Dental implants are designed to provide a foundation for replacement teeth that look, feel and function most like natural teeth. The person who has lost teeth regains the ability to eat virtually anything and can smile with confidence, knowing that teeth appear natural and that facial contours will be preserved. The implants are titanium posts which are placed into the jaw where teeth are missing. The bone bonds with the titanium, creating a strong foundation for artificial teeth. In addition, dental implants can help reduce bone deterioration which occurs when teeth are missing for an extended period of time.
Dental implants are changing the way people live! With them, people are rediscovering the comfort and confidence to eat, speak, laugh and enjoy life.
Evaluation for Dental Implants
If you feel implant dentistry is the choice for you, we ask that you undergo a dental/radiographic examination and health history. During your consultation, specific needs and considerations will be addressed by either Dr. Nester or Dr. Mathias, and by a Periodontist or an Oral and Maxillofacial Surgeon referred by our practice. Your questions and concerns are important to us and our team will work with you very closely to help make your procedure a success.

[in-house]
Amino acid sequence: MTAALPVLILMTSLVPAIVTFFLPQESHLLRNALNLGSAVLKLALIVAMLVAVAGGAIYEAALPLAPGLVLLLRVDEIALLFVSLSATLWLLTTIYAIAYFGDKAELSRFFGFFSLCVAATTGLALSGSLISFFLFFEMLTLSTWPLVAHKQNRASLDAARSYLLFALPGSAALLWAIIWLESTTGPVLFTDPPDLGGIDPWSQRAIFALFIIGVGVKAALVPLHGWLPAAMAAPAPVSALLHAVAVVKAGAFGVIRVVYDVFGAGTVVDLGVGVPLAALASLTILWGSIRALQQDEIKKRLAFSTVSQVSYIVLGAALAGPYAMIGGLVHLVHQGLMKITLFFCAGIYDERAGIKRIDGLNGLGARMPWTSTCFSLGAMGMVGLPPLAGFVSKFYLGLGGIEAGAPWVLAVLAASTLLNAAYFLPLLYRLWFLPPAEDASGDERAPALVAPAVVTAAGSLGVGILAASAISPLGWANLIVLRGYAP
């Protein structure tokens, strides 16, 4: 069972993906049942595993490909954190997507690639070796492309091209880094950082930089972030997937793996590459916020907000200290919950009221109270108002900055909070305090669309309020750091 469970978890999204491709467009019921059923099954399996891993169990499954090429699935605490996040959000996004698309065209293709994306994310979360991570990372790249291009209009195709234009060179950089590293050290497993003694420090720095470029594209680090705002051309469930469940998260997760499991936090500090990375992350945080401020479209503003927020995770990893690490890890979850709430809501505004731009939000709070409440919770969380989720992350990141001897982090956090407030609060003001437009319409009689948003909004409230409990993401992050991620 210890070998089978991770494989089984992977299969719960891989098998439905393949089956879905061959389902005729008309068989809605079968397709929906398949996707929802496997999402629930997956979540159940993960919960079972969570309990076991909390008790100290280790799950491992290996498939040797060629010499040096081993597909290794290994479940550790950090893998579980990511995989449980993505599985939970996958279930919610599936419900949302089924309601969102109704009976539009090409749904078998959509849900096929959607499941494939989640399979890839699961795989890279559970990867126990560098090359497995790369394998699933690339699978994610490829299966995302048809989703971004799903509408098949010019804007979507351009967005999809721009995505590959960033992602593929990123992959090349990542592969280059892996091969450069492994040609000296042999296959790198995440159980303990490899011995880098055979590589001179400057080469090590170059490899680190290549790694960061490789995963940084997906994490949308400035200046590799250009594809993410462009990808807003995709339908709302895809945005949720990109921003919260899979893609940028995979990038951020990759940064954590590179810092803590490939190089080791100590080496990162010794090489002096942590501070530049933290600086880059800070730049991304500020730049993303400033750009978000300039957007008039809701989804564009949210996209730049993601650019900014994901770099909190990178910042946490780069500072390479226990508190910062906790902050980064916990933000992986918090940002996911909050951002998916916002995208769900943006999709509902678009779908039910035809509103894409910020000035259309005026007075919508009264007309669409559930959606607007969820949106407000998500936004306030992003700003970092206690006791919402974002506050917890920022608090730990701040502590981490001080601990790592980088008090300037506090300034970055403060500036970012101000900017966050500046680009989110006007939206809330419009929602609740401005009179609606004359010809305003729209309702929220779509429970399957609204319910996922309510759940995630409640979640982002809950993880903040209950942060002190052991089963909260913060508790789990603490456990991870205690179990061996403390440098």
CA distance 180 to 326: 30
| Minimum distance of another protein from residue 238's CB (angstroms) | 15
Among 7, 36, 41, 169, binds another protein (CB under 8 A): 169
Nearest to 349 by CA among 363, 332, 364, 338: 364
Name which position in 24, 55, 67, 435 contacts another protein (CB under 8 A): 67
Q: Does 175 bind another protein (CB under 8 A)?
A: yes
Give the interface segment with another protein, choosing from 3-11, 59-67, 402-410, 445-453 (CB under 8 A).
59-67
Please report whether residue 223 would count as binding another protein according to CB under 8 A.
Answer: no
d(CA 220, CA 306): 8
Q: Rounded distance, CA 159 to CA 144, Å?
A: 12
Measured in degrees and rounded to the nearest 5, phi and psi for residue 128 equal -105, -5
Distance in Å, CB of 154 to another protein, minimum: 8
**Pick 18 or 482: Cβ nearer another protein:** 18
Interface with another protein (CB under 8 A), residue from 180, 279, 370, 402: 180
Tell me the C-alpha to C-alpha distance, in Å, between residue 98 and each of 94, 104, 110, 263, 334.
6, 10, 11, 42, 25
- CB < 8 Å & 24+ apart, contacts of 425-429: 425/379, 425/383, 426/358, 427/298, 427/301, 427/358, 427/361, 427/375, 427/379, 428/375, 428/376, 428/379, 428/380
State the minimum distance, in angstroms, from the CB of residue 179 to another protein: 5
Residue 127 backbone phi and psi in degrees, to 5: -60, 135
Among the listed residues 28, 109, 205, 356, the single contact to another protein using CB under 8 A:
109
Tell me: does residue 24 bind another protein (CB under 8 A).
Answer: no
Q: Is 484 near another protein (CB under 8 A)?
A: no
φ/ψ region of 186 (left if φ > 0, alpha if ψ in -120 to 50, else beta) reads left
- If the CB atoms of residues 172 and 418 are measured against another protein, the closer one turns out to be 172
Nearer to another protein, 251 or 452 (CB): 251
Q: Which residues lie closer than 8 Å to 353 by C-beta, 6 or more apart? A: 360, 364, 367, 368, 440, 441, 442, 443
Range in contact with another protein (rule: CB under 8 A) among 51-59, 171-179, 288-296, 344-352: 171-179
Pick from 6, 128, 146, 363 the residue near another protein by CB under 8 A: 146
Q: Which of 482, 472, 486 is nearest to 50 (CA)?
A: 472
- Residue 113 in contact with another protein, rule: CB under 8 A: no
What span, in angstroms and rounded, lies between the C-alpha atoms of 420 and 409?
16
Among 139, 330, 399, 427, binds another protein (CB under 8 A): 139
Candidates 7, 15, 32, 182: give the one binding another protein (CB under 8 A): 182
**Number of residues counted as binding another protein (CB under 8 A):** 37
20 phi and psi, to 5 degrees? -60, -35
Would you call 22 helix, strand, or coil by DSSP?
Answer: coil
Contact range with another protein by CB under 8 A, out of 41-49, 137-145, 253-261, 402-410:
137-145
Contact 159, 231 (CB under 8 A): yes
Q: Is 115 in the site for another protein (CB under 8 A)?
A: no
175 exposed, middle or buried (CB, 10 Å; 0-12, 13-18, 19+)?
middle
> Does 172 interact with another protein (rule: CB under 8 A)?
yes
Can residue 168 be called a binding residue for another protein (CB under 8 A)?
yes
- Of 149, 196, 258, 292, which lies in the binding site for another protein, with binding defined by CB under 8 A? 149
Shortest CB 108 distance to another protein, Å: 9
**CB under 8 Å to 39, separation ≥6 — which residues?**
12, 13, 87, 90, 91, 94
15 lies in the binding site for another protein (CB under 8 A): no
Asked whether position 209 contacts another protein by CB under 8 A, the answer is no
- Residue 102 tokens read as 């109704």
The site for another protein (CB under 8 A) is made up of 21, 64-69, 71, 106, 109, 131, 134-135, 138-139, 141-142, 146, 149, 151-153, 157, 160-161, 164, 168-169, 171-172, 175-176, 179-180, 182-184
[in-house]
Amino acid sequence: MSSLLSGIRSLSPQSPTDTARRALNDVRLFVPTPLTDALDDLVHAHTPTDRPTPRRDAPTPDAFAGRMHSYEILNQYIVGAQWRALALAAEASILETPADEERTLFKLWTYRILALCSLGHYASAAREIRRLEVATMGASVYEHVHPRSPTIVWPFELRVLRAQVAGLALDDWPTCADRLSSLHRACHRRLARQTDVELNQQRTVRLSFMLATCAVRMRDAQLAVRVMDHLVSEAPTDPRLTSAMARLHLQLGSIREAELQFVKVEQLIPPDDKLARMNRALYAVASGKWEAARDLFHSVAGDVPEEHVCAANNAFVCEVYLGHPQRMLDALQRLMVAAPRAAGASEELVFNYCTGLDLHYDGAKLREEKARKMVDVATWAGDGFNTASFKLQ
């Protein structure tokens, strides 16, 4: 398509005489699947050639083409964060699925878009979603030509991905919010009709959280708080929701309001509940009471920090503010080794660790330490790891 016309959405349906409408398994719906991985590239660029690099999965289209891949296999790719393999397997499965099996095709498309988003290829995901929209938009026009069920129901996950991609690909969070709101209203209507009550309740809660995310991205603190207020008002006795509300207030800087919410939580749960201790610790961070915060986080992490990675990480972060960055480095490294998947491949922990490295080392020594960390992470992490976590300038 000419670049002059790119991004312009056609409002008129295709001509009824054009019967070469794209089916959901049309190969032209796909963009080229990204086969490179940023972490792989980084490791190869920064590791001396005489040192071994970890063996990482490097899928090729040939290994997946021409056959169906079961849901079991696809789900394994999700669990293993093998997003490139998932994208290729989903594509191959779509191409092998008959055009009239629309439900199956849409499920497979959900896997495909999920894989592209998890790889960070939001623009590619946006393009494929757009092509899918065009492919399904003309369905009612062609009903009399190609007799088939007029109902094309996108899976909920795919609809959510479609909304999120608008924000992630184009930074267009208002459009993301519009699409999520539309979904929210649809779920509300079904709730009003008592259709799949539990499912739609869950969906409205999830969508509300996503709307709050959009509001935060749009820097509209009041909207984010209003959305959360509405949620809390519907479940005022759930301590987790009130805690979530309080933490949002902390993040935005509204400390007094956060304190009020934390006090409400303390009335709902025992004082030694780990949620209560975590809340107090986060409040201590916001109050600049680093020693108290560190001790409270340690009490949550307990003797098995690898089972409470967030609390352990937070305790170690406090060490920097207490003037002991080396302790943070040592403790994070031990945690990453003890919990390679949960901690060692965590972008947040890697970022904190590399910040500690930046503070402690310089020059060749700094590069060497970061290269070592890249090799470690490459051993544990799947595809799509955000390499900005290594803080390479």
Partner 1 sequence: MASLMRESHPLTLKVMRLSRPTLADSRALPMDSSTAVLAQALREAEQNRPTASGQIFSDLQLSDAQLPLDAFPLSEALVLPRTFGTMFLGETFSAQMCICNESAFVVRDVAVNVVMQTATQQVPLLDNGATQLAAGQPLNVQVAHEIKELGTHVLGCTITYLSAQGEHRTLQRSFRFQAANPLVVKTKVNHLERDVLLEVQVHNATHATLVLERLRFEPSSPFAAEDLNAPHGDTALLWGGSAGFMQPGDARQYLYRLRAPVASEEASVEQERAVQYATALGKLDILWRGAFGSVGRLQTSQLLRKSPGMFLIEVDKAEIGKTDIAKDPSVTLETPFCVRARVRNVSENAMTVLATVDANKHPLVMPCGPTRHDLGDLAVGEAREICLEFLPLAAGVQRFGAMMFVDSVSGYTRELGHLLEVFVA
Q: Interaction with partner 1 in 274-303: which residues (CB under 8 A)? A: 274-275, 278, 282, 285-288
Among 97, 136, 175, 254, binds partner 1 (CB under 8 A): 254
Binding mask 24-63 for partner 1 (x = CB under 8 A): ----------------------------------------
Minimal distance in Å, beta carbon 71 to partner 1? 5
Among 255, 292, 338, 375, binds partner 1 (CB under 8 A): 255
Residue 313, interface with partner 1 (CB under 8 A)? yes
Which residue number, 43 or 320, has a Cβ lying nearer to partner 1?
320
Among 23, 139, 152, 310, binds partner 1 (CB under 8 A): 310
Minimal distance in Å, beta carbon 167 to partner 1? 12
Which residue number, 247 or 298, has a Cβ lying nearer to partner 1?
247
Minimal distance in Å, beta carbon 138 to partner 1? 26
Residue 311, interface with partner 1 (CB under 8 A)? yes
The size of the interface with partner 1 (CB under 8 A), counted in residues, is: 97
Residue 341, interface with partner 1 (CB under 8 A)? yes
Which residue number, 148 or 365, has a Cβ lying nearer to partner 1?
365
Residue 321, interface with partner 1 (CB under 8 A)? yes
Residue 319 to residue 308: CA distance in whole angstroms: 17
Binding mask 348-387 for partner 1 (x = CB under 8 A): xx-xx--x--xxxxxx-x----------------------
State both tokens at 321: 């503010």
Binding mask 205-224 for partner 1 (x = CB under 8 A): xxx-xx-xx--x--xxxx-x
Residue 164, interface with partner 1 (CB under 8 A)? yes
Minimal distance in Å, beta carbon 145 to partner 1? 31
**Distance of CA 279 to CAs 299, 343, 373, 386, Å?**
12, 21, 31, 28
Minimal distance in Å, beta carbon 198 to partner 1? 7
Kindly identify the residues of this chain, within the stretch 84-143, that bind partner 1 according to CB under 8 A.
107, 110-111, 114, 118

Dental Implant Procedure
Dental implants are metal anchors, which act as tooth root substitutes. They are surgically placed into the jaw bone. An Abutment is then attached to the implant, which protrudes through the gums. These abutments provide stable anchors for the crowns.
For most patients, the placement of dental implants involves two surgical procedures. First, dental implants are placed within your jaw bone. For the first three months following surgery, the implants are beneath the surface of the gums, gradually bonding with the jaw bone.
After the dental implant has bonded to the jaw bone, the second phase begins. The surgeon will uncover the implants and attach a small healing collar. Dr. Nester or Dr. Mathias can then start making your new teeth. An impression will be taken and sent to a lab for fabrication of an abutment and crown. The abutment can then be connected to the implant. The replacement crown is then cemented over the abutment. The entire procedure usually takes three to four months. Most patients do not experience any disruption in their daily life.